100 Women Who Care event donates thousands to local mental health association

Published on June 3, 2014

TRURO – A hush fell across the crowd of a few hundred women. Three ladies grasped hands, each hoping to be the chosen one.

When Susan Henderson heard the words ‘Canadian Mental Health Association’ butterflies fluttered in her stomach and her mouth opened but momentarily nothing came out. With hobbly legs she raced to the front of the 100 Women Who Care Truro crowd at the Holiday Inn on Tuesday night to say thank you for more than $12,500 that the women donated to the Colchester East Hants mental health branch.

“I’m over the moon and overwhelmed … I’m speechless,” Henderson, executive director of the mental health association, told the Truro Daily News.

The 100 Women Who Care event was the first of four such gatherings in Truro. A few hundred ladies gathered to donate $100 individually or as a team to one non-profit organization. Three groups – CMHA, the Colchester Food Bank and Third Place Transition House – gave a five-minute presentation on what they do and how they’d use the funds if chosen. The crowd then took two minutes to vote and the mental health association received the majority of the ballots, which resulted in receiving all $12,500 that was donated.

During her presentation, Henderson said at least 50 and at times more than 100 individuals make use of the service a day. She said funds would help create community outreach programs for families, raise awareness and reduce stigma. Future plans are to buy the current rented building on Revere Street “for transitional housing.”

Mental health is “an illness of judgment … we wouldn’t blame someone for having cancer or diabetes,” Henderson said of stigma mental health illnesses still face.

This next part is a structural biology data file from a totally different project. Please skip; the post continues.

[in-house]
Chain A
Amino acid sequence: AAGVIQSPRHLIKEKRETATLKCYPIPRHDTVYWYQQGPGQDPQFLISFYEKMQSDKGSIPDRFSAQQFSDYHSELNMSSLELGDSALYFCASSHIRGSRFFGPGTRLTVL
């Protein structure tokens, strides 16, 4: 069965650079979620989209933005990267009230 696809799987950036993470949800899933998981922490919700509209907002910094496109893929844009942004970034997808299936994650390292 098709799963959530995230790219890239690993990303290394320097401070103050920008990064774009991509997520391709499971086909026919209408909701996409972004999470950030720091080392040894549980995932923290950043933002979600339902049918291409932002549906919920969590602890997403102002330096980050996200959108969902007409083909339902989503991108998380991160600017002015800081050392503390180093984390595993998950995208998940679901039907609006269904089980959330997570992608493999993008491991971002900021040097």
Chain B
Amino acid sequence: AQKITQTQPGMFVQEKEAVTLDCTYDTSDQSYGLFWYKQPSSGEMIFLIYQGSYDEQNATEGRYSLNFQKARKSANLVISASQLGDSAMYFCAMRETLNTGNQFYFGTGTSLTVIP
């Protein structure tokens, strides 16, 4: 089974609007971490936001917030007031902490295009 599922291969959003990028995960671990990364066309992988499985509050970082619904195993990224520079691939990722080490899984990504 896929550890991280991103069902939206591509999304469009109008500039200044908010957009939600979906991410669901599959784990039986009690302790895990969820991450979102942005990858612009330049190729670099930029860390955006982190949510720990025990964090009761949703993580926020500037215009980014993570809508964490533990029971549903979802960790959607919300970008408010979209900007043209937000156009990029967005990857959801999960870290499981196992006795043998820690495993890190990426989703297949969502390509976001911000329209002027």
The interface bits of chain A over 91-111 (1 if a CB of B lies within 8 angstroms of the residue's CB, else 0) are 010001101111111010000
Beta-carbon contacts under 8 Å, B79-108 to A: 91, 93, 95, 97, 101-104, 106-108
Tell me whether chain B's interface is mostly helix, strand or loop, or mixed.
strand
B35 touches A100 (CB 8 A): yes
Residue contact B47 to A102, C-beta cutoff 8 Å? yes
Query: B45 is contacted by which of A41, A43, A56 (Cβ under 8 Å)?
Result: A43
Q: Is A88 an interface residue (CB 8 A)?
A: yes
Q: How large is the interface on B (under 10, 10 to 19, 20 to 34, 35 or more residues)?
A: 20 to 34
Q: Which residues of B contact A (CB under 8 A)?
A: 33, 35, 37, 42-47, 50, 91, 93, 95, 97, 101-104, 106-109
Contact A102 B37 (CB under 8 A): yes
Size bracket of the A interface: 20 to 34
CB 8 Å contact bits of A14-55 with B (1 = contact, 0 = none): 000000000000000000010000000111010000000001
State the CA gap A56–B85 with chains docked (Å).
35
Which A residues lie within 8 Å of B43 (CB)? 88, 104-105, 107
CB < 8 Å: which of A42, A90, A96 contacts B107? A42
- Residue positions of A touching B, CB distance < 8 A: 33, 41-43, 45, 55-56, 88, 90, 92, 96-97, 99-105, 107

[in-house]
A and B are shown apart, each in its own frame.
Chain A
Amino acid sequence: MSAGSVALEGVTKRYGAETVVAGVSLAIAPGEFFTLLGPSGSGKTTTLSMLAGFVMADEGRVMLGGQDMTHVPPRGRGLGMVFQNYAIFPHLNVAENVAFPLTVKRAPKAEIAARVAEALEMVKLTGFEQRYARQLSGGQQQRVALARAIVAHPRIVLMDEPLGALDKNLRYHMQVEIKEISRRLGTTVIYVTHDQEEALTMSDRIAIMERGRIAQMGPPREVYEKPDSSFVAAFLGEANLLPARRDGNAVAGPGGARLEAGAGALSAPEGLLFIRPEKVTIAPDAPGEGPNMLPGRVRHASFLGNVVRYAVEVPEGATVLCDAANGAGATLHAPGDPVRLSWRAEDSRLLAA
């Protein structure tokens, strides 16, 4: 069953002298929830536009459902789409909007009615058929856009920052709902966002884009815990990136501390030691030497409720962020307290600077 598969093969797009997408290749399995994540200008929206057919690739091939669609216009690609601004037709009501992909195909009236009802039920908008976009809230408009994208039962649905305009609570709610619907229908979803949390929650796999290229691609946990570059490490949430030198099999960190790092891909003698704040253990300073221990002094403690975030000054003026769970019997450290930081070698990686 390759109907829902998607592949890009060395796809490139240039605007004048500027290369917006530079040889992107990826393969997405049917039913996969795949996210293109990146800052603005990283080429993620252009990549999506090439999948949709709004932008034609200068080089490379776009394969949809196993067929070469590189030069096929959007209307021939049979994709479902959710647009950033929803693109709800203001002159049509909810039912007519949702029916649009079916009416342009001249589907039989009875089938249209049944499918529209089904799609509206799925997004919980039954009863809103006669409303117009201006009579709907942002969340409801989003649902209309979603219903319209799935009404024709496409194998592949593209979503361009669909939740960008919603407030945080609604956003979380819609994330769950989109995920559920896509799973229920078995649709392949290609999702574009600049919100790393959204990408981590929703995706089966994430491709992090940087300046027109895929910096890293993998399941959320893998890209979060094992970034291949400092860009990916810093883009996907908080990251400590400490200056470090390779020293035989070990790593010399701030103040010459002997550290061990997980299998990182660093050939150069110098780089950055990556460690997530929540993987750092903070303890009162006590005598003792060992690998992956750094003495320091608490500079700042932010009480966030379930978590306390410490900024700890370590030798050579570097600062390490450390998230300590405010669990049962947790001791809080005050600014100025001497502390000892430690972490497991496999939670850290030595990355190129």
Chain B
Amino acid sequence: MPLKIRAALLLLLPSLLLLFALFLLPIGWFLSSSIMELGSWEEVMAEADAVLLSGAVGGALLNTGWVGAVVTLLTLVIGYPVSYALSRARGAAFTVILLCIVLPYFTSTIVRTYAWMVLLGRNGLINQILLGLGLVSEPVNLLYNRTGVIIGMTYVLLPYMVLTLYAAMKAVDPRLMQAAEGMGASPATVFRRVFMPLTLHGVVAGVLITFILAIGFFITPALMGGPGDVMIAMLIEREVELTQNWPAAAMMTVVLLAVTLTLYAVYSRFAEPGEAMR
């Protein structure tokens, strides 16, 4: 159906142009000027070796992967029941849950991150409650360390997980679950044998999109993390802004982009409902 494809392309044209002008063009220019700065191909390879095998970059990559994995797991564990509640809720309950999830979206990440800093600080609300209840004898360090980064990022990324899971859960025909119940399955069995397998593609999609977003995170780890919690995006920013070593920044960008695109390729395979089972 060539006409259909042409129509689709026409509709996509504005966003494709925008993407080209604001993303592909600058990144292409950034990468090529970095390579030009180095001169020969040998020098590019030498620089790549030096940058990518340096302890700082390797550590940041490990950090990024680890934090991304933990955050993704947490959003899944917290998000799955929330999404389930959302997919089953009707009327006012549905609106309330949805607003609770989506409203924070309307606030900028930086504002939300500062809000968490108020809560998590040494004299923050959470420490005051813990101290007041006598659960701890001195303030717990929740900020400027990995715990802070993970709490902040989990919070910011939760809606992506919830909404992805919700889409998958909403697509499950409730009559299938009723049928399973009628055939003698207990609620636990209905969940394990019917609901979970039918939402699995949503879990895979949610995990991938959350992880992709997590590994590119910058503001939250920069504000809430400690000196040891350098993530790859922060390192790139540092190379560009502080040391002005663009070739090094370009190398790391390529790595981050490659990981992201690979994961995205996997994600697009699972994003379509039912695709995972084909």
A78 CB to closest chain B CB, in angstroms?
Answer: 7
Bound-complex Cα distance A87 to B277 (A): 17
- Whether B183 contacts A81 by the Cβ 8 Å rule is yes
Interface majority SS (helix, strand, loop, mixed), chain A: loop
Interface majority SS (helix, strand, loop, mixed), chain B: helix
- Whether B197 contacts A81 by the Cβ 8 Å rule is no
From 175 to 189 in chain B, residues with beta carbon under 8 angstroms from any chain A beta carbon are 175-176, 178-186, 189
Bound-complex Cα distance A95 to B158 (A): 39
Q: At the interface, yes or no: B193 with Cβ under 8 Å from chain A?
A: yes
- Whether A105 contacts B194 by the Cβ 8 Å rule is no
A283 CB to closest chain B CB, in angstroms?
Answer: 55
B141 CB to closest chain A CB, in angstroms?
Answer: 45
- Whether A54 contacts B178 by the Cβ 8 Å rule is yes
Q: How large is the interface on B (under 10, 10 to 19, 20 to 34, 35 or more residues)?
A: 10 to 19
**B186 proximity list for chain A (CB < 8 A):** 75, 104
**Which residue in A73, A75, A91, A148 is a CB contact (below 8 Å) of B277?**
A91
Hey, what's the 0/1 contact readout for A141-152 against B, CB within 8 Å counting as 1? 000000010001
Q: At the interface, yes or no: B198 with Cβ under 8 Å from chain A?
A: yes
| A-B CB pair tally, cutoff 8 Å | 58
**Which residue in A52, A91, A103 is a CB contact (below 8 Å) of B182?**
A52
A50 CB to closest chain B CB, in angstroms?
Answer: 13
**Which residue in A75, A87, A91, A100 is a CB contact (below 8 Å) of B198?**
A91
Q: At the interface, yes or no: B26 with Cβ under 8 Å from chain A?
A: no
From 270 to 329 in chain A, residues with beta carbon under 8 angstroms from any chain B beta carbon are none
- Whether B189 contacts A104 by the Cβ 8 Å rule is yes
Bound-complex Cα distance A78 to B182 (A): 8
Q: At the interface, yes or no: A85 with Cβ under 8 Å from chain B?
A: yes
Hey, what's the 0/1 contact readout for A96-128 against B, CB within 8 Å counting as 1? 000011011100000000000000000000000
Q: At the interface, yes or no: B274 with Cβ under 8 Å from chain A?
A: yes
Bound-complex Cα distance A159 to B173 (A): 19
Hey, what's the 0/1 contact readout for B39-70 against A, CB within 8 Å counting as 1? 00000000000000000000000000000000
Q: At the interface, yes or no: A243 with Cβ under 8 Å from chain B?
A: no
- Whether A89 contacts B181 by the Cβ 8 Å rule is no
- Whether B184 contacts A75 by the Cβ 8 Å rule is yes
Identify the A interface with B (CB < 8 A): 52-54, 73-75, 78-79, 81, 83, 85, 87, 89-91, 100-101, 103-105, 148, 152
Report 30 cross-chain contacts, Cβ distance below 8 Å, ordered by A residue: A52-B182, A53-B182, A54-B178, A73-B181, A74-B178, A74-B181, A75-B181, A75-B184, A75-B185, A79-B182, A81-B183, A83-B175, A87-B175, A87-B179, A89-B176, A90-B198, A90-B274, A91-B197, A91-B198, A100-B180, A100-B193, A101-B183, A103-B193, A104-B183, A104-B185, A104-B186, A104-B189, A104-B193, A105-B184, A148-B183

Mary DeAdder, the executive director of the food bank, and

Sandra McCulloch, vice-chairwoman of the transition house’s board of directors, lent their support to Henderson.

“It’s wonderful. We all benefit,” said McCulloch.

“We all deal with the same people,” DeAdder agreed.

In McCulloch’s speech, she said Third Place is “a great deal more” than a women’s shelter. It also promotes healthy relationships, has a crisis line, and offers public presentations and outreach programs, to name a few. It interacted with 199 “different points of contact” in addition to people who stayed at the facility last month alone, McCulloch added.

DeAdder’s presentation indicated between 750 and 800 families are served by the facility a month and “we’re more like a resource centre; food is only part of the problem.”

“It was a dead heat for me,” said an event co-ordinator Cindie Smith about which group would receive the money.

Smith said the event “worked because it’s the right thing to do” in the community and she hopes men will begin their own event.

The second women’s event will be held Sept. 2 at 6 p.m. at the Best Western Glengarry. The three organizations vying for that event’s funds will be Scotia Pool, Colchester County United Way and Maggie’s Place.

Stewiacke’s Judy Stoddart said these events are vital to the community.

“All the organizations are worthy and it’s pretty hard to decide … but because we are women we are supportive of people. We see the need in the community,” Stoddart said.



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